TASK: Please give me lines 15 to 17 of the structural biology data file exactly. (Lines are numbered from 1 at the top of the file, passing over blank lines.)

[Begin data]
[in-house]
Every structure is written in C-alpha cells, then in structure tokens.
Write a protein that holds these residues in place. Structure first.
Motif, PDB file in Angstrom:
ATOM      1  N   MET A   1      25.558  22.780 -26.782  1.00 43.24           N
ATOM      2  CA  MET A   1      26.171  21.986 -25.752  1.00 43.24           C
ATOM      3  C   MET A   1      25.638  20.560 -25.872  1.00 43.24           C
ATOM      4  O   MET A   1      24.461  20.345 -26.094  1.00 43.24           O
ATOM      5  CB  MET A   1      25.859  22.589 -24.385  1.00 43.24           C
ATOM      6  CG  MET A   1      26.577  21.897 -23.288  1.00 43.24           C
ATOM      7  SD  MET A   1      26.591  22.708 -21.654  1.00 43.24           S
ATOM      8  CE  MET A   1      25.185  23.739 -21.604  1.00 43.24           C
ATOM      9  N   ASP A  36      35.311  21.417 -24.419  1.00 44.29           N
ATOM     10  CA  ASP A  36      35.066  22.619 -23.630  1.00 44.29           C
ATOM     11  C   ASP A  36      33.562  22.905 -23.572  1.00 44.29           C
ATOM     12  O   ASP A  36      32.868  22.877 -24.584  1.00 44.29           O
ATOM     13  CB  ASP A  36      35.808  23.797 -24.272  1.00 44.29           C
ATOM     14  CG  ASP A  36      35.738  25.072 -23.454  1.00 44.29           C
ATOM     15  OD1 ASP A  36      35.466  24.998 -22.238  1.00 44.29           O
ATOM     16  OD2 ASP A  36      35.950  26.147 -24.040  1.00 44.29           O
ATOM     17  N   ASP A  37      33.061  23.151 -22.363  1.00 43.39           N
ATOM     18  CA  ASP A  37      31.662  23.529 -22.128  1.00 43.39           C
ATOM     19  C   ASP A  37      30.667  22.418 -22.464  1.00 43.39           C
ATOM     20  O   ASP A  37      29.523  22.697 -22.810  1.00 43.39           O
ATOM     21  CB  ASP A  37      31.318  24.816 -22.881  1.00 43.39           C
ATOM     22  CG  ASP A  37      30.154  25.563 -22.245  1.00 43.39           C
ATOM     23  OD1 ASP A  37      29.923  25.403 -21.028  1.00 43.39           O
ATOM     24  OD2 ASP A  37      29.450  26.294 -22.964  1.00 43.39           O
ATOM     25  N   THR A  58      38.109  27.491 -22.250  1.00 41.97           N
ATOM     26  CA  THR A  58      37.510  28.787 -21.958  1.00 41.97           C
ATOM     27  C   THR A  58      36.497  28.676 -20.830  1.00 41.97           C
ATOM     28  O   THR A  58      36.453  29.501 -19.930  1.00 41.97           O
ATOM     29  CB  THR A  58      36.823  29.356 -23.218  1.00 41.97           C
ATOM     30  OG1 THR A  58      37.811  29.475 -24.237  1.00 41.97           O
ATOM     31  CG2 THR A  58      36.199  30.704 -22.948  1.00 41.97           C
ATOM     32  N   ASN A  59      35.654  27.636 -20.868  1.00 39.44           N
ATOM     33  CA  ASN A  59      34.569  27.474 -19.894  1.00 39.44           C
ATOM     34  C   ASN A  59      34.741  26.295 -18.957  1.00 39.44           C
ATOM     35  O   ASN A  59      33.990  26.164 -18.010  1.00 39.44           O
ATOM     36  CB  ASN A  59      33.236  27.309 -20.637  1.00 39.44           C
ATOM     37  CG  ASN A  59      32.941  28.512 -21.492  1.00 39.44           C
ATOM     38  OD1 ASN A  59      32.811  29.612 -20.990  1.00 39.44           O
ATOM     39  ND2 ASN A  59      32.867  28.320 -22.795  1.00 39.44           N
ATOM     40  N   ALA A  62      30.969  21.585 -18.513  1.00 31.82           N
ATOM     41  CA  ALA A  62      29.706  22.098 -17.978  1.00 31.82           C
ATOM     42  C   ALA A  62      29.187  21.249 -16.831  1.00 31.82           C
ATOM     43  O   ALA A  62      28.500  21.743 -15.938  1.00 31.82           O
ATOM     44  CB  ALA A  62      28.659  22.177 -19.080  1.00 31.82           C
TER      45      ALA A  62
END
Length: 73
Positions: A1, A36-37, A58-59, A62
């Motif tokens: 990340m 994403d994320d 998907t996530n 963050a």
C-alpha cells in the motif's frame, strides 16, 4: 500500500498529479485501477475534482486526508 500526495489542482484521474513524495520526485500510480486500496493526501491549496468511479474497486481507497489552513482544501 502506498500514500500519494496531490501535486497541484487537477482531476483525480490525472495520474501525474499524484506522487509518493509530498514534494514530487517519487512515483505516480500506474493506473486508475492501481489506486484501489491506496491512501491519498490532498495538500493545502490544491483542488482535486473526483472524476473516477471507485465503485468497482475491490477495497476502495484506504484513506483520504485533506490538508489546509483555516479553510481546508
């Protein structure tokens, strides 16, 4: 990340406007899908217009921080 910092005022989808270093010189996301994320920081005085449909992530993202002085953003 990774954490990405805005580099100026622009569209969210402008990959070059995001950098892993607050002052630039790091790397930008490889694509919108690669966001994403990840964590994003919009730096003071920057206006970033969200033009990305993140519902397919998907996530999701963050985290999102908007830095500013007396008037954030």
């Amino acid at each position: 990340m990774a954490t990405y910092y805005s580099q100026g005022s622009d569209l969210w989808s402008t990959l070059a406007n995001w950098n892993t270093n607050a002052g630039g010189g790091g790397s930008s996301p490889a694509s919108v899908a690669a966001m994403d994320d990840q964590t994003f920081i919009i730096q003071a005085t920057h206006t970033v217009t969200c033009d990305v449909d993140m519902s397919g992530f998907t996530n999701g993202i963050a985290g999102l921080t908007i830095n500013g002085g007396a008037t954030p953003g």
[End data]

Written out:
ATOM     11  C   ASP A  36      33.562  22.905 -23.572  1.00 44.29           C
ATOM     12  O   ASP A  36      32.868  22.877 -24.584  1.00 44.29           O
ATOM     13  CB  ASP A  36      35.808  23.797 -24.272  1.00 44.29           C